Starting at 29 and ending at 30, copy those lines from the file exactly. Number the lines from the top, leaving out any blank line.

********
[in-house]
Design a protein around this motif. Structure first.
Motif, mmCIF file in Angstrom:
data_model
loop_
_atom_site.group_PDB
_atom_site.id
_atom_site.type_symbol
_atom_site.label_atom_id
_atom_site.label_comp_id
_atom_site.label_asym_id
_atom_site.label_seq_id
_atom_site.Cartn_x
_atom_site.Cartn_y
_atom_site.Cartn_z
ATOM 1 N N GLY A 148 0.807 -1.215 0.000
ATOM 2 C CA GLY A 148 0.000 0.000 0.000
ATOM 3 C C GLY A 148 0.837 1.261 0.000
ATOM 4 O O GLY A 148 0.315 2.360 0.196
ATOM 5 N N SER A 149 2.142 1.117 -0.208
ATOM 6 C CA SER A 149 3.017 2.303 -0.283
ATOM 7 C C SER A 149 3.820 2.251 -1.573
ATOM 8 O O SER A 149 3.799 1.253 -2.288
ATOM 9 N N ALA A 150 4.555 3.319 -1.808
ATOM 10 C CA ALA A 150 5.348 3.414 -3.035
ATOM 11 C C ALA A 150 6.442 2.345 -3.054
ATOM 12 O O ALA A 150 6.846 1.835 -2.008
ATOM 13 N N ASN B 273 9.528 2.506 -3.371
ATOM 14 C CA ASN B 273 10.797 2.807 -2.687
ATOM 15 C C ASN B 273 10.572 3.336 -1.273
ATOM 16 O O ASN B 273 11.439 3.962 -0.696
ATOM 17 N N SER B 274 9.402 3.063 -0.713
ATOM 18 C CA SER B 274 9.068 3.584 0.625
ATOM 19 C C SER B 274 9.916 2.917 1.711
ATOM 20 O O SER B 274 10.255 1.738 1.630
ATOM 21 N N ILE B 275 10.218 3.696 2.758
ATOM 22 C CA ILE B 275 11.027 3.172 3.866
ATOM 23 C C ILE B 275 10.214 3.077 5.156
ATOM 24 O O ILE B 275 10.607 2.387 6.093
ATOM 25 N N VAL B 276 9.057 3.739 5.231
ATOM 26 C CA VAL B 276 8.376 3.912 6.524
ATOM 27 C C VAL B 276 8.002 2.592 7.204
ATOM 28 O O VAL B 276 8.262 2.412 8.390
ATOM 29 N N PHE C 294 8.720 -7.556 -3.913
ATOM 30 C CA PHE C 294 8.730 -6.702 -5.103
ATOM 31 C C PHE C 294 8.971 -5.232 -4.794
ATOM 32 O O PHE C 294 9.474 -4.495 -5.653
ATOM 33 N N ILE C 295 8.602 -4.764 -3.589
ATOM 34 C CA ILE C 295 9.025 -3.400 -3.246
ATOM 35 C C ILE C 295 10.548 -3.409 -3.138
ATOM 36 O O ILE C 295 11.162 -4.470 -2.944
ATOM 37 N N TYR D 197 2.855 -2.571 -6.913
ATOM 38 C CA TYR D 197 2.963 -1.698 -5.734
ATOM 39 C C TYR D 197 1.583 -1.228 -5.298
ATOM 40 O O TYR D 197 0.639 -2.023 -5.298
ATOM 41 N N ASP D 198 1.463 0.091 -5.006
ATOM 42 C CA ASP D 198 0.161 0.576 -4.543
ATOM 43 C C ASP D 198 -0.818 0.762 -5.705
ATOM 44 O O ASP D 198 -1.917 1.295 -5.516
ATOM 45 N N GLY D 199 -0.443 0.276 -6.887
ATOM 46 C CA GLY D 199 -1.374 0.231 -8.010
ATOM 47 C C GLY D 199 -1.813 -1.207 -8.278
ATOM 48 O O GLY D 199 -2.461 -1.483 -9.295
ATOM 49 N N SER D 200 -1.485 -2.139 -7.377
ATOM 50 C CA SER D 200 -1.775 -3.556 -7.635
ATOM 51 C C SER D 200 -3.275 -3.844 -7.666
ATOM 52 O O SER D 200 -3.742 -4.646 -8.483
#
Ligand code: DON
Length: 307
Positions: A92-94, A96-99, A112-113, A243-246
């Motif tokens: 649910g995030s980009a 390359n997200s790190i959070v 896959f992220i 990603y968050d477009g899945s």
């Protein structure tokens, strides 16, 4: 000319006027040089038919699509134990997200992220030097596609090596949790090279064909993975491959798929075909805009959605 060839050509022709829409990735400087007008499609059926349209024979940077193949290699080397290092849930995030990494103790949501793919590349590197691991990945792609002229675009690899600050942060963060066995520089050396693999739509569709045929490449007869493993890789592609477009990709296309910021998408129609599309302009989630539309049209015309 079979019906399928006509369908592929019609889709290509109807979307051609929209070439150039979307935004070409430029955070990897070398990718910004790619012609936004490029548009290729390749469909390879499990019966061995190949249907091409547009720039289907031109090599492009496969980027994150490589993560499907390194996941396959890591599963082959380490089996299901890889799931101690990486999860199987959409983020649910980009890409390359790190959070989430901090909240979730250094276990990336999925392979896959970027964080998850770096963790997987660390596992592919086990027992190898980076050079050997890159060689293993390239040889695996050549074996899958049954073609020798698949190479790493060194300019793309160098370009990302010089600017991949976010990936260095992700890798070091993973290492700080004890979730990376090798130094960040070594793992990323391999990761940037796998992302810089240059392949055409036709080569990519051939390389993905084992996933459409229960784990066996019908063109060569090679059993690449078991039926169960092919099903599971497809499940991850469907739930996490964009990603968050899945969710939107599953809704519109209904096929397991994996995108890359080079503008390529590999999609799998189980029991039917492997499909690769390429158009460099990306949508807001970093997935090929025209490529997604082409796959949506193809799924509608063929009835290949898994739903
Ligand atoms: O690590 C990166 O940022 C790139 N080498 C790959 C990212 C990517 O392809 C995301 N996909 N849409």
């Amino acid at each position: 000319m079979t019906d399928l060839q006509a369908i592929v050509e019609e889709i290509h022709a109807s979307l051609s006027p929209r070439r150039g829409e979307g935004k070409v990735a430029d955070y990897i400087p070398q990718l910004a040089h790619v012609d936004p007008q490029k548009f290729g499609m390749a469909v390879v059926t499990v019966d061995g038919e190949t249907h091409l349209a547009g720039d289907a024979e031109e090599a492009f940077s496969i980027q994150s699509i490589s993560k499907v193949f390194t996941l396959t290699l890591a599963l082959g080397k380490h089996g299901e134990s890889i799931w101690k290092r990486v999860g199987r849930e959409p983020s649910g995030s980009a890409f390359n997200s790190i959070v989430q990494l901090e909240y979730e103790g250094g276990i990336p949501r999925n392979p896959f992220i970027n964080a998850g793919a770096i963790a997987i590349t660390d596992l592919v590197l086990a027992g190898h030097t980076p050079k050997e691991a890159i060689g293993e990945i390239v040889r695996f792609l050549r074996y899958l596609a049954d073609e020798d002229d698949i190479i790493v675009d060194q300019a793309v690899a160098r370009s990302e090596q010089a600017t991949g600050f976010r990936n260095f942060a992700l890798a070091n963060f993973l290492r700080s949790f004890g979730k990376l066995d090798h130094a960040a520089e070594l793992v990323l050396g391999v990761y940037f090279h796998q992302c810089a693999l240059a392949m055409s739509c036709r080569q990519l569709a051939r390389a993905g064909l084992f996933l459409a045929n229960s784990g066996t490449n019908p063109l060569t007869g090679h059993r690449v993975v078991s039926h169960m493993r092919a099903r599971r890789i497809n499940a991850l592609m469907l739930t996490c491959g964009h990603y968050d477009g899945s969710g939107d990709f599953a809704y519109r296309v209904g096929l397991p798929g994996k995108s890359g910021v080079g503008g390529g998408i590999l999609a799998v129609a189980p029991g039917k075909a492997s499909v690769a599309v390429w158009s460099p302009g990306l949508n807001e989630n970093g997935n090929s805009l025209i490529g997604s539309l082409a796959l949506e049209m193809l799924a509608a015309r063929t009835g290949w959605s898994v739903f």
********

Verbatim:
ATOM 14 C CA ASN B 273 10.797 2.807 -2.687
ATOM 15 C C ASN B 273 10.572 3.336 -1.273